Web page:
Finally, the NCAA basketball tournament is looming, but in the professional league I should mention my support for my hometown Los Angeles Lakers. (This might impair my chances of landing a nice post-doc in any university in Boston.) They haven’t been playing that well recently, but hopefully things pick up. The connection to the LHC? Starting center Andrew Bynum has said that his favorite subject in high school was physics.

Anyway, that’s it for my adventures watching television.

Flip Tanedo, on behalf of the US/LHC blog


Access for People

Thursday, March 11th, 2010

Click for live LHC beam status.

We don’t let people go down underground to certain areas to check or fix things while the beam is on.  There’s always a tiny chance of losing control of a beam, or protons in the beam interacting with the beam pipe and creating other high-energy particles that could go through people.

Even when the beam is off, other hazards include the fact that the beam pipe magnets are cooled with a lot of liquid helium. The beam pipe is about 300 feet underground, so should enough of that liquid be warmed enough to turn into gas quickly it would make it hard have enough oxygen down there to breathe.

Anyway, when you see “Access” on the LHC beam status page it means people are down underground somewhere trying to check or fix something and so the beam will remain off until they’re out of harm’s way.



This past Monday we had our annual US CMS Tier-2 computing workshop. Once again, we held our workshop as part of the Open Science Grid All-Hands Meeting. Those of you who have been reading the blog for more than a year will remember that last year this meeting was held at the totally neat LIGO facility in Louisiana. This year the meeting was at totally neat…Fermilab! OK, I’ve been to Fermilab before, so no travelogue this time, but as usual it was good to meet so many collaborators face to face.

I don’t want to jinx ourselves, but I’m feeling pretty good about the state of the computing for the experiment right now. As we reviewed the status of the seven CMS Tier-2 sites in the United States and two in Brazil, we generally saw that everyone is operating pretty stably and happily. A year ago, there was a lot of discontent with existing large-scale disk storage systems. But since then we’ve developed and implemented some new systems, and there have been a lot of improvements in the existing systems, so it all just looks a lot better.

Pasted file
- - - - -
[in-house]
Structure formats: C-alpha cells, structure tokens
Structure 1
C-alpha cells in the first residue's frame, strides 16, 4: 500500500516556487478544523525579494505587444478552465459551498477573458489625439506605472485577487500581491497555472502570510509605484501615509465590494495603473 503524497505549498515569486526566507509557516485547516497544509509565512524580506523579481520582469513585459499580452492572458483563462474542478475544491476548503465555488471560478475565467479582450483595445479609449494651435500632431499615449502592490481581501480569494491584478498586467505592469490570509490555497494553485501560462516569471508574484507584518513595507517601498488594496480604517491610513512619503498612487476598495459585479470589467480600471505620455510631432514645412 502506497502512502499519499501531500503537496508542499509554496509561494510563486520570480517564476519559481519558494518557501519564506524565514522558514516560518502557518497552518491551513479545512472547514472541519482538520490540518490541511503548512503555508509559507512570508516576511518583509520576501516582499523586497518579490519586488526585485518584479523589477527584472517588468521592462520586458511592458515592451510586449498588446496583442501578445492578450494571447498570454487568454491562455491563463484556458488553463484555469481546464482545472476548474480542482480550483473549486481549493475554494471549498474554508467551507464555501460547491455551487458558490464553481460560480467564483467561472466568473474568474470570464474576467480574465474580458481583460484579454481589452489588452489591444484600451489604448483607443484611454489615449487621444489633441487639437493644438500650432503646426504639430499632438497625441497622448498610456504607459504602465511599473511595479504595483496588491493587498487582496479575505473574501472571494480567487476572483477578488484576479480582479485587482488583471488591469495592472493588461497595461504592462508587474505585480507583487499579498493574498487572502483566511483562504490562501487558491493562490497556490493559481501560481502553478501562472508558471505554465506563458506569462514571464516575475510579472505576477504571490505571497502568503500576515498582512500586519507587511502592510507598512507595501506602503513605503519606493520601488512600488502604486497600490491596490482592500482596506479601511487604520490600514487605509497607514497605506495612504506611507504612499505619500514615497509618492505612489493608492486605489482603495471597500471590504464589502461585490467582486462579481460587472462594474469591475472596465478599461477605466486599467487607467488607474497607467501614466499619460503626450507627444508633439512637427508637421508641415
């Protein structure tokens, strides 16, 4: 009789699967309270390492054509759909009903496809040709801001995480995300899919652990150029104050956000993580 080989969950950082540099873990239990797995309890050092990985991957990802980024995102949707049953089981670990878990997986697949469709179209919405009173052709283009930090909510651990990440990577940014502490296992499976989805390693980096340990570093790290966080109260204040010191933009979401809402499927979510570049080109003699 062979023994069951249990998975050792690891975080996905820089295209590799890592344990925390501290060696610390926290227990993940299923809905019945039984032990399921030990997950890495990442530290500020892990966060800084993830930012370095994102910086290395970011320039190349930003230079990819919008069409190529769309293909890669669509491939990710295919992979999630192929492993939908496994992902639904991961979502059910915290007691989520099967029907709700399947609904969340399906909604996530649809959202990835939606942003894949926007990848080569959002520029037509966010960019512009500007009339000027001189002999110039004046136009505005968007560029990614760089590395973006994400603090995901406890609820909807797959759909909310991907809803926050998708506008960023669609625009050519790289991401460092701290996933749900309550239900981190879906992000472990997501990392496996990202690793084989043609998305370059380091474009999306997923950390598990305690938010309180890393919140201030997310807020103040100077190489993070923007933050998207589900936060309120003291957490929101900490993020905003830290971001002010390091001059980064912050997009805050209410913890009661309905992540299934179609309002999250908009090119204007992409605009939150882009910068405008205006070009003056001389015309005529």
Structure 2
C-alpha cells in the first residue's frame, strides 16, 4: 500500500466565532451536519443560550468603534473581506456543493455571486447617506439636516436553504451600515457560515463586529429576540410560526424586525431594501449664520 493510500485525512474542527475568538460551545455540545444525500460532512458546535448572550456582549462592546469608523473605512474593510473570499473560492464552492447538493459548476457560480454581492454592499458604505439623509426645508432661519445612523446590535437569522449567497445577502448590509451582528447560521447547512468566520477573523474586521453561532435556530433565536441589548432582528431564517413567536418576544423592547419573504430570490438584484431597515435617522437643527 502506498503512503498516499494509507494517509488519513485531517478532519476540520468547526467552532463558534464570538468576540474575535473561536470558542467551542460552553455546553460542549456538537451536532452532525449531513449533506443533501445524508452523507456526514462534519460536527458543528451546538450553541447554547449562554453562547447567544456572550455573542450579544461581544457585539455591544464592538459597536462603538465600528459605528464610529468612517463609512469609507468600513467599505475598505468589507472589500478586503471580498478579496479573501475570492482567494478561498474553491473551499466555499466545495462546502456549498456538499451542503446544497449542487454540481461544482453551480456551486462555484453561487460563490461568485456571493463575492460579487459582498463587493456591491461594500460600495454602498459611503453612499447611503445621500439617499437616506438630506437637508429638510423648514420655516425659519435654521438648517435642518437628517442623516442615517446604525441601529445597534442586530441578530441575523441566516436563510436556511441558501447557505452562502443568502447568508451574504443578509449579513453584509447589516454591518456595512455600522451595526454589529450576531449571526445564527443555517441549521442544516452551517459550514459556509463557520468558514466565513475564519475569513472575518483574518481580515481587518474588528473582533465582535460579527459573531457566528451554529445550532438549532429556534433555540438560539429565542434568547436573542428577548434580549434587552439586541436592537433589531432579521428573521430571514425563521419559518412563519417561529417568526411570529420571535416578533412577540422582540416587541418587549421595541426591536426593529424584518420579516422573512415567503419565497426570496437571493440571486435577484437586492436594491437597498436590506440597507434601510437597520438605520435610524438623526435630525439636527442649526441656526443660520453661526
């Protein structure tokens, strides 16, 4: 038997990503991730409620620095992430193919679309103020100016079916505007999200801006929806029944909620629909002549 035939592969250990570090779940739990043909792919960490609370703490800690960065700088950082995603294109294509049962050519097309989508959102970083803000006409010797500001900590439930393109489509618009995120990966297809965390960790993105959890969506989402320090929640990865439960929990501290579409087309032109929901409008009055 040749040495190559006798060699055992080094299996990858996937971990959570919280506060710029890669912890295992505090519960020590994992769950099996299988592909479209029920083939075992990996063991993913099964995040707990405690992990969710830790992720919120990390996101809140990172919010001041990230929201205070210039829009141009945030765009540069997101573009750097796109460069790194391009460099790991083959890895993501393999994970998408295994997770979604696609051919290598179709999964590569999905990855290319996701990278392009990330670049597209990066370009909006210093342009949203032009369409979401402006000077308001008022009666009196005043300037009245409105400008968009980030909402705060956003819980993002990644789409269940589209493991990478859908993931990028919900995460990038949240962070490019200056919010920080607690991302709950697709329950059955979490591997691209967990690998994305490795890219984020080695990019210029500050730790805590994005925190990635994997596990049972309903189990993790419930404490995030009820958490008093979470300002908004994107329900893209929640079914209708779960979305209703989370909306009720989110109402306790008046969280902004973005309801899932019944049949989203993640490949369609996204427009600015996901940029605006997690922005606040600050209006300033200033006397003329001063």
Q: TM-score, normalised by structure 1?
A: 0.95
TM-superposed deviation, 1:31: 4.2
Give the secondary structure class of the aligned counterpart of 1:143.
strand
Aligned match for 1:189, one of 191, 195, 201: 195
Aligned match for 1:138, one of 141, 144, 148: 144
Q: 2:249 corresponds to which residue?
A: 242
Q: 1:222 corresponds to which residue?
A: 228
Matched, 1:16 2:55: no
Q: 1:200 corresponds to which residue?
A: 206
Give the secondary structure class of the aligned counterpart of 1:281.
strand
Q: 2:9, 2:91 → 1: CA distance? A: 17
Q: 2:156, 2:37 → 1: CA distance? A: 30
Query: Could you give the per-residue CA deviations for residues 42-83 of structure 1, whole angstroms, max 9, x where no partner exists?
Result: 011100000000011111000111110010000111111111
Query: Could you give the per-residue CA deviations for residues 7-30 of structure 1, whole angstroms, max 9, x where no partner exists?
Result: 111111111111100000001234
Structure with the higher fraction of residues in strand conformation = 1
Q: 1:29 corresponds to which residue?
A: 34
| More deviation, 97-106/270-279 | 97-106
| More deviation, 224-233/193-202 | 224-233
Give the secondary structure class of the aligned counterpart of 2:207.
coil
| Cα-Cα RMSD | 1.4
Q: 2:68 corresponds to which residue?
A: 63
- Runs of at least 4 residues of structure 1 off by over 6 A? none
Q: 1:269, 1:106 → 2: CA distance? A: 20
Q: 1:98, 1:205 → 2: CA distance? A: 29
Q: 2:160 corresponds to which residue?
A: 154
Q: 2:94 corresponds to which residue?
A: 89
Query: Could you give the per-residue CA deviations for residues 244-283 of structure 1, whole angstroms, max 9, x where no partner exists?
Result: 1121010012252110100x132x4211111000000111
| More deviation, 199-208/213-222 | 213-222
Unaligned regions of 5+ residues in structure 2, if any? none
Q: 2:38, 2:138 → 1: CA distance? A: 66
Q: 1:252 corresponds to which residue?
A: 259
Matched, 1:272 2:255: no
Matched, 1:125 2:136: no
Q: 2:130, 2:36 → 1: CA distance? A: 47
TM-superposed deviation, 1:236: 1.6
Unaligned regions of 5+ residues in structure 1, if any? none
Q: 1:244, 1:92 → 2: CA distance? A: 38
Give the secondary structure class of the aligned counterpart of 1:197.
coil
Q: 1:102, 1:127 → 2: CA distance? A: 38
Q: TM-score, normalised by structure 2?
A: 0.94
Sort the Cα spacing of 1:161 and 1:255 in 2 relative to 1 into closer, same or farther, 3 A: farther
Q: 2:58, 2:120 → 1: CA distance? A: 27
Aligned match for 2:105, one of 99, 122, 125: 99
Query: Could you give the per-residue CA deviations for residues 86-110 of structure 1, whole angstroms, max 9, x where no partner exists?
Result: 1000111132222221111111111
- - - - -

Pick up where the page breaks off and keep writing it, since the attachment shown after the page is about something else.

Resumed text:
That being said, this all just dress rehearsal — we’ll see how it really goes when thousands of physicists start using the system to do hundreds of data analyses. Now that the LHC running schedule has been defined for the coming three years, we have a much better handle on the needed computing resources for for this period. Overall, we’re going to be running at lower collision rates than previously anticipated, but with pretty much the same livetime. This means that we’ll be recording the same number of events we would have at higher collision rates, implying that the density of interesting physics will be smaller. It creates a more challenging situation for the computing, but at least we now know what has to be done, and have a reasonably good idea of how to get there.